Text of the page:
Try to keep in mind your subscriber’s expectations when they sign up. You’ll likely hear from some angry ones if you don’t.
Maintain a Generous Ratio of Content to Commercial Emails
Continuing on from the last point, the more value you give upfront and continuously, the more likely that subscribers are going to open your emails and look forward to them.
At some point in a campaign, you do need to ask for a sale.
The challenge is to find the right balance between value and selling in your emails.
To start with, most marketers recommend an 80:20 or 90:10 ratio.
In other words, send 8 “value” emails for every 2 “selling” emails (or 9 and 1 in the second case).
Write to Just One Person
Just like you want to create a reader persona to figure out what type of content to create, you’ll want to create one for your subscribers as well (it may be identical).
The easiest way to write effective emails is to make it feel like you’re writing to one person – a friend.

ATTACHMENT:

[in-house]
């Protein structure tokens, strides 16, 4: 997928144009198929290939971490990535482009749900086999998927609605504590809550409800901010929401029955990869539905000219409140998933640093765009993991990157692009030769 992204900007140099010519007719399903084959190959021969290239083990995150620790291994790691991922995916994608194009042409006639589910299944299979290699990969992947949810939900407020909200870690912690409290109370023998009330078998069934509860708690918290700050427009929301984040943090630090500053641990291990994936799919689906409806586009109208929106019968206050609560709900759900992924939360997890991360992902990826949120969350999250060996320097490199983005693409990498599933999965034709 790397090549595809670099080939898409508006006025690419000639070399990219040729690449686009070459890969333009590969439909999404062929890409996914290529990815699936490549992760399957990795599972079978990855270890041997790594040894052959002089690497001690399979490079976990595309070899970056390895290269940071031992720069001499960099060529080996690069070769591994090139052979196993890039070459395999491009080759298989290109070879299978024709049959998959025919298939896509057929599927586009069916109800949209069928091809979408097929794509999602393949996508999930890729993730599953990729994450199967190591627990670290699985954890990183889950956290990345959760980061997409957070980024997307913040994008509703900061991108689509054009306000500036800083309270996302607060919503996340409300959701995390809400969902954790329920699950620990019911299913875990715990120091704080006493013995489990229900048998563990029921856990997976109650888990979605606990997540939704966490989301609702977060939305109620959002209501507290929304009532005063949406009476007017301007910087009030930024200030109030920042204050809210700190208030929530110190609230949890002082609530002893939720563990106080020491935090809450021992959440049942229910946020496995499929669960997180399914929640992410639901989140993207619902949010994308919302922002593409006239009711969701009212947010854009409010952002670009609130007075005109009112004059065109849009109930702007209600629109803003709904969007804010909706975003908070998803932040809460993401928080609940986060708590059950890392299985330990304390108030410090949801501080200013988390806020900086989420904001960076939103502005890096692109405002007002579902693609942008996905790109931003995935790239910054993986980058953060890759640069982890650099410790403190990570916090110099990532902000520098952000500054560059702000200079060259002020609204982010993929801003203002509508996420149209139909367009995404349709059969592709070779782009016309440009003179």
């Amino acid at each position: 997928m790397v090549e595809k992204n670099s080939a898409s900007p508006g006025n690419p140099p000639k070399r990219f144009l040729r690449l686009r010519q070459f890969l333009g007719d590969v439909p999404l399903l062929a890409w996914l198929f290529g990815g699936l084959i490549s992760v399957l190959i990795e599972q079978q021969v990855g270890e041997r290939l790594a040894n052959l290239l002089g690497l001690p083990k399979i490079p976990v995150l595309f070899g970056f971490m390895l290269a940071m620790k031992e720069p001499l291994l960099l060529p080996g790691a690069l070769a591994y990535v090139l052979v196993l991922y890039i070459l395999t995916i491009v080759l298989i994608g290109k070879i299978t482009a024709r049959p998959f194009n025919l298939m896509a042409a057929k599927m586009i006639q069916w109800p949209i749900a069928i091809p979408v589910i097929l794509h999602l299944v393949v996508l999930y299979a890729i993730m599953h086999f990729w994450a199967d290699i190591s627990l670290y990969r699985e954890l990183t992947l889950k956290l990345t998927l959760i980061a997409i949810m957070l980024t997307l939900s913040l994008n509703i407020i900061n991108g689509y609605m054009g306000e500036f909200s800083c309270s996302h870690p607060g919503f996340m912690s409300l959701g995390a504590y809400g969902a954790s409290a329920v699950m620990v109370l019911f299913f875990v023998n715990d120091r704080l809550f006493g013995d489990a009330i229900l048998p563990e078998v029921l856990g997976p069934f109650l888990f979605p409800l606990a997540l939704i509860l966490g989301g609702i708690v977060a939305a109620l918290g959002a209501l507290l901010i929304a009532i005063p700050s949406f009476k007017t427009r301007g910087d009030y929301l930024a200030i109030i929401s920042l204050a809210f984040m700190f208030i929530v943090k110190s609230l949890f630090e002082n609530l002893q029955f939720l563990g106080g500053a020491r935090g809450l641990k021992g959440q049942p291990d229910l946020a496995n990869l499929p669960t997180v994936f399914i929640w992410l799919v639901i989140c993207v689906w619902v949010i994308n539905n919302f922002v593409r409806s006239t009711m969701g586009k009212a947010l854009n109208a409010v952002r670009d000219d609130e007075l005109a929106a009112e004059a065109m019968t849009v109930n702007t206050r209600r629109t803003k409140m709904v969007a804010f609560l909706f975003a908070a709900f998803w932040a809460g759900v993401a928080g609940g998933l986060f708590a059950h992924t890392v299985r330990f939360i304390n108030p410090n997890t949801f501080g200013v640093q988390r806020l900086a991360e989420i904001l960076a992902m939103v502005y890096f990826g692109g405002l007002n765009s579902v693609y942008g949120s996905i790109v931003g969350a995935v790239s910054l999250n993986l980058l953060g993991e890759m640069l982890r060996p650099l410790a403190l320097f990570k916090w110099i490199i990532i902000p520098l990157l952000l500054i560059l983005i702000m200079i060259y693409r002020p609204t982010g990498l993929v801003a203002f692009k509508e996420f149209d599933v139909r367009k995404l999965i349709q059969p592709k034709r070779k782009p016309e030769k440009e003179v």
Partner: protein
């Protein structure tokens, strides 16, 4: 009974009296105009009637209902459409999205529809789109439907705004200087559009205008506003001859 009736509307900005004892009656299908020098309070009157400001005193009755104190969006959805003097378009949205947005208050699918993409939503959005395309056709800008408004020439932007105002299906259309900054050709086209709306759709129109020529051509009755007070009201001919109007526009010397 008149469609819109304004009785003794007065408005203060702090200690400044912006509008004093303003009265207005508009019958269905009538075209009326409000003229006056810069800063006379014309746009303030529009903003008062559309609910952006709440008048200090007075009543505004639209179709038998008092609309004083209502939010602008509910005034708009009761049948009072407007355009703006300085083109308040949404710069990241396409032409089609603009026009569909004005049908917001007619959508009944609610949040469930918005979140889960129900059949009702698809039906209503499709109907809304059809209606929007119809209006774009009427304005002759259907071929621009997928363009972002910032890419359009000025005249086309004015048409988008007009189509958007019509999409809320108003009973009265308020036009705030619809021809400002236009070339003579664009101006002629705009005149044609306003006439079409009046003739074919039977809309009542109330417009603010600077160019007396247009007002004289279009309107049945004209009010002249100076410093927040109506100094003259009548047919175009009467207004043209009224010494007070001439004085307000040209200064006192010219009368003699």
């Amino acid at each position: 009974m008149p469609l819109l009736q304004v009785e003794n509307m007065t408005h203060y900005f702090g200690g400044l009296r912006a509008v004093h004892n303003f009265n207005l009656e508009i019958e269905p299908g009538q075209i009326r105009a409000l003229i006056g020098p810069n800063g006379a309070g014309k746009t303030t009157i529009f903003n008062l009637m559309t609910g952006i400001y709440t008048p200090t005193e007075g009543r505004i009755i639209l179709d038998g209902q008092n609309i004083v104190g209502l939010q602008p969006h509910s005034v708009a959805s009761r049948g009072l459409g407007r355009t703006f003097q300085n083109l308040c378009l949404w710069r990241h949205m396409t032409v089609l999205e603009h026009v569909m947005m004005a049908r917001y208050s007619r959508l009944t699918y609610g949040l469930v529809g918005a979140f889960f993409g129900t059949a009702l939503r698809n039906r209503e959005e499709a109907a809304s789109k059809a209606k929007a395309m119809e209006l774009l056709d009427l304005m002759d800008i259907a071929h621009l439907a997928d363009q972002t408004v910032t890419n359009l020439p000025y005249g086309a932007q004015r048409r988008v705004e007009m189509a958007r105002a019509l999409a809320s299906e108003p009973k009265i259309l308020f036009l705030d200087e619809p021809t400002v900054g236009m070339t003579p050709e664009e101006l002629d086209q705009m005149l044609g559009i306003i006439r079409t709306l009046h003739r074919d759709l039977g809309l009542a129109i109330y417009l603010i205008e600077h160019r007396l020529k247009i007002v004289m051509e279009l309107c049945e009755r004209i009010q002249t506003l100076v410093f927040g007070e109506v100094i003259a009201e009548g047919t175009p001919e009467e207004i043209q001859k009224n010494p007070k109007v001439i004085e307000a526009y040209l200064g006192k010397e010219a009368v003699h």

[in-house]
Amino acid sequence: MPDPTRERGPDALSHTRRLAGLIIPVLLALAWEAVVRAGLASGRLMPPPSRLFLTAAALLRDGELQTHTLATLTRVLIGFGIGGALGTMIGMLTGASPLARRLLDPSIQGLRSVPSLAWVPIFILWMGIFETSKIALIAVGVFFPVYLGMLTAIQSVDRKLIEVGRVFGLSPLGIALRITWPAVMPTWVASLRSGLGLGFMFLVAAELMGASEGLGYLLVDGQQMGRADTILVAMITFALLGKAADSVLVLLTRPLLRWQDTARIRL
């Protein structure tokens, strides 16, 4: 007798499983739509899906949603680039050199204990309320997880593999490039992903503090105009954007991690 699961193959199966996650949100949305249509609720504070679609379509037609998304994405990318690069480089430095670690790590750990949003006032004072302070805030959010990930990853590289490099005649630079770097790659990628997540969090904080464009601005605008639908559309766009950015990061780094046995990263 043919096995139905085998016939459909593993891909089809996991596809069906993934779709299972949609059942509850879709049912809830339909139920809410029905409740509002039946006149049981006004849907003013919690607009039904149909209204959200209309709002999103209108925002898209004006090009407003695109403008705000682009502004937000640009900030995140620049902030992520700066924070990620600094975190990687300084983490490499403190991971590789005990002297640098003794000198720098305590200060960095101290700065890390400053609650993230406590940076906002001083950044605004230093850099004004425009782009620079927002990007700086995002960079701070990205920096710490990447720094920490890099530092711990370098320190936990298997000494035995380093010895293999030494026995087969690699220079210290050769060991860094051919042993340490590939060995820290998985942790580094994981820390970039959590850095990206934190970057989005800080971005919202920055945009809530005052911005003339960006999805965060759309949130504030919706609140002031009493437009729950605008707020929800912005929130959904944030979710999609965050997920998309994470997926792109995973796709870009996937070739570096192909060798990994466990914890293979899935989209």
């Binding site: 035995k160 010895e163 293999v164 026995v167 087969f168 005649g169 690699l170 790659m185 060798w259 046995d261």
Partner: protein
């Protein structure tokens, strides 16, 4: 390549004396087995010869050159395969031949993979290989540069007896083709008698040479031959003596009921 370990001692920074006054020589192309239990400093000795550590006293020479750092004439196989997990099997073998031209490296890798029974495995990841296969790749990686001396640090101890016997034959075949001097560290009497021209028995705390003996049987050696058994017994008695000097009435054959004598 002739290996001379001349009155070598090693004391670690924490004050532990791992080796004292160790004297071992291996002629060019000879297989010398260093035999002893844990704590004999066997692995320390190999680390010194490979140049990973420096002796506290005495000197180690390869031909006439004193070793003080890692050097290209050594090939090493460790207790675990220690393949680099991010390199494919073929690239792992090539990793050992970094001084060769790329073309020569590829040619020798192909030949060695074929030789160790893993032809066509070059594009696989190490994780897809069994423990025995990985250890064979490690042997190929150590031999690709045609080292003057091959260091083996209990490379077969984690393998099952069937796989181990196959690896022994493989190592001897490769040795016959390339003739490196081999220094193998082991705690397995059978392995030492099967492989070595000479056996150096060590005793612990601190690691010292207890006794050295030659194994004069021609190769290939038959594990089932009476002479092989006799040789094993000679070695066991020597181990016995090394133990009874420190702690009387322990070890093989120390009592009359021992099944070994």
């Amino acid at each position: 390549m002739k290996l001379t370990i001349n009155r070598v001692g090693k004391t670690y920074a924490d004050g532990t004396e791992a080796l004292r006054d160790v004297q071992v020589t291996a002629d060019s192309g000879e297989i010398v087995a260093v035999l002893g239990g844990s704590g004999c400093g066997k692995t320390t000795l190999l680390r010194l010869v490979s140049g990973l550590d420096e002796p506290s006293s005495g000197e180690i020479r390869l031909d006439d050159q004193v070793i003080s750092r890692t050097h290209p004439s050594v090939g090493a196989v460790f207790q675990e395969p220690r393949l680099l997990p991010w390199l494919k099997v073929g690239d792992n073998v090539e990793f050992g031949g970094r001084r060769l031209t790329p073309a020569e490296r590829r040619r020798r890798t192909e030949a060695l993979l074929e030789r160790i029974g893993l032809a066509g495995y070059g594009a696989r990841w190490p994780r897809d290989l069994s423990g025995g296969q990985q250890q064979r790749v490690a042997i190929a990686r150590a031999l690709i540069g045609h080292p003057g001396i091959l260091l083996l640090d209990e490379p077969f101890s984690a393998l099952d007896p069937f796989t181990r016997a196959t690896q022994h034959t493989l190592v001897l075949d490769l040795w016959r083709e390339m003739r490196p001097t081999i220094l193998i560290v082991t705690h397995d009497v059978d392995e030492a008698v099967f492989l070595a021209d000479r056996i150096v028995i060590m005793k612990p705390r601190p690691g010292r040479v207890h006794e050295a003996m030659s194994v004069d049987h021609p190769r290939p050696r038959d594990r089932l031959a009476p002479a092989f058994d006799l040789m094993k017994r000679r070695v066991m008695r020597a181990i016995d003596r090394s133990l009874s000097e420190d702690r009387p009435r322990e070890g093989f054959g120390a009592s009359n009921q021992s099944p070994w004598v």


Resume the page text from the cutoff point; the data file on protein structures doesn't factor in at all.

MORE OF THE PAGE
For example, here’s a good marketing email I received:
You’ll notice that they use words like “you”, “my”, “I”, and “their.” These are personal terms that sound normal in everyday conversation.
The simplest form of personalization entails inserting terms specific to the recipient. The most basic type of personalization is to use the recipient’s first name.
Note: to be able to use a person’s first name, you’re going to have to either:
(a) capture it at the point of sign-up, or,
(b) use marketing software that can match an email address to a first name.
The latter depends on whether that individual has a public account — such as a LinkedIn profile — that is attached to the same email address they gave you.
You can also personalize content to a specific recipient by setting up, in advance, an email communications series centered around a topic they’ve expressed interest in. For example, if they downloaded a free e-book on a particular subject, it’s a good guess that they’re interested in that subject and would welcome additional information on it.
Send Your Emails at the Right Times
It’s a well-known fact that your email send time will affect your open rates and engagement.
Some tools offer an advanced feature to automatically send your emails to subscribers at the right time, but most will leave it up to you.